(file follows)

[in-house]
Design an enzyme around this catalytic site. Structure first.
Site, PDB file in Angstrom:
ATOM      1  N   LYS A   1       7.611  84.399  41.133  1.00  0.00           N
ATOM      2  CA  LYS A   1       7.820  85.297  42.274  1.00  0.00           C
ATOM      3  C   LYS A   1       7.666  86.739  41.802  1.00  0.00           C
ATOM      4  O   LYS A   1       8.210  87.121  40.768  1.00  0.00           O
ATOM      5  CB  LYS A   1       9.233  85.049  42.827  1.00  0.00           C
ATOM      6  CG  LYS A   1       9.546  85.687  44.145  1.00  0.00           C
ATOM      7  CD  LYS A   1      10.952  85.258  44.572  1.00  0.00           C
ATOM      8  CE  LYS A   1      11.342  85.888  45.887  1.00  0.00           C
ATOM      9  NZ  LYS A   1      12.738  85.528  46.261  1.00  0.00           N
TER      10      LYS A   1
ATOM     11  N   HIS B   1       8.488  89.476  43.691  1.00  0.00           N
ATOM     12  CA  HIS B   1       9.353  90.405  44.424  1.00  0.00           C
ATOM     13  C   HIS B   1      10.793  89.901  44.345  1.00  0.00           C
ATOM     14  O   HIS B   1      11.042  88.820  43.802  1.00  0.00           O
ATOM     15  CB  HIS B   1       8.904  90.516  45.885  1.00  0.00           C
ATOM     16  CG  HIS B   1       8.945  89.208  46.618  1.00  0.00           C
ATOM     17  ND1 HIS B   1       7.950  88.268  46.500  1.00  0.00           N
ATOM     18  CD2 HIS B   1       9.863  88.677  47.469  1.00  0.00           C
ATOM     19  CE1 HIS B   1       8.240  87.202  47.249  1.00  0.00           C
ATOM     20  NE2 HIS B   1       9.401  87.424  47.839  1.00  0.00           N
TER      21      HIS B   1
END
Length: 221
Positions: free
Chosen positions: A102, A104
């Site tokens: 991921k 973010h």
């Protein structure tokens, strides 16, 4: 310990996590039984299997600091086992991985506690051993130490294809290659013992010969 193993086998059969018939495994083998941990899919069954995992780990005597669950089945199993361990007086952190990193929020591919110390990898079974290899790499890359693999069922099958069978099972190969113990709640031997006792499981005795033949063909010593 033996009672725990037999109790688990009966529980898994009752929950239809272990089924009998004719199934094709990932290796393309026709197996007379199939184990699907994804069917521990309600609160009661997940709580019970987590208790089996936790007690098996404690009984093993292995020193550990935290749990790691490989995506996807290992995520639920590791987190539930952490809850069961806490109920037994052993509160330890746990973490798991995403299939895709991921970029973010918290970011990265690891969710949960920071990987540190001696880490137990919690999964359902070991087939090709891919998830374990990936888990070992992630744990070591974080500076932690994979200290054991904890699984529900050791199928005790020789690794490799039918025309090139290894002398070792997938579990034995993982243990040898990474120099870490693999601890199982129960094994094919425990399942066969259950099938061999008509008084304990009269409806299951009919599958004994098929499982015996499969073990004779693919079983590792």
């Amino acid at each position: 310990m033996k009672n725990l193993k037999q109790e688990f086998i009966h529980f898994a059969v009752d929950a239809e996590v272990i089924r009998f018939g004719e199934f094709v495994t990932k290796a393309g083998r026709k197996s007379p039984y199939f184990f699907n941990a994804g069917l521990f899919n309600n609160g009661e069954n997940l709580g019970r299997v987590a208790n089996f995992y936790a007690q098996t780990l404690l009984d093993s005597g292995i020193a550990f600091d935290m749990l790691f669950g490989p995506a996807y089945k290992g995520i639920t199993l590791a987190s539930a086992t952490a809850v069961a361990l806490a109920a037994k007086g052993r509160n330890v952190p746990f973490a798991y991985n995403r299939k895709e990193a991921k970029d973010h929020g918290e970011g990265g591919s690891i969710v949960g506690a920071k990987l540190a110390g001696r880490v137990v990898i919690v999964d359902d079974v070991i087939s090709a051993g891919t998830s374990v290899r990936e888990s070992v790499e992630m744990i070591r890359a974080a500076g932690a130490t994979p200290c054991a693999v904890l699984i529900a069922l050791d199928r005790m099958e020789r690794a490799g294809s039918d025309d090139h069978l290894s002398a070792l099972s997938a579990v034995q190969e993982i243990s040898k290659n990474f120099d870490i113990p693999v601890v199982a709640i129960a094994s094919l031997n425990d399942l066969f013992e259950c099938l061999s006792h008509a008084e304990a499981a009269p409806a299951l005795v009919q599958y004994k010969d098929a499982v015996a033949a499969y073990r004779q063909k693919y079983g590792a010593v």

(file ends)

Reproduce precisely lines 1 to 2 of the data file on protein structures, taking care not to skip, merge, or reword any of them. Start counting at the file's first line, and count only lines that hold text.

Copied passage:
[in-house]
Design an enzyme around this catalytic site. Structure first.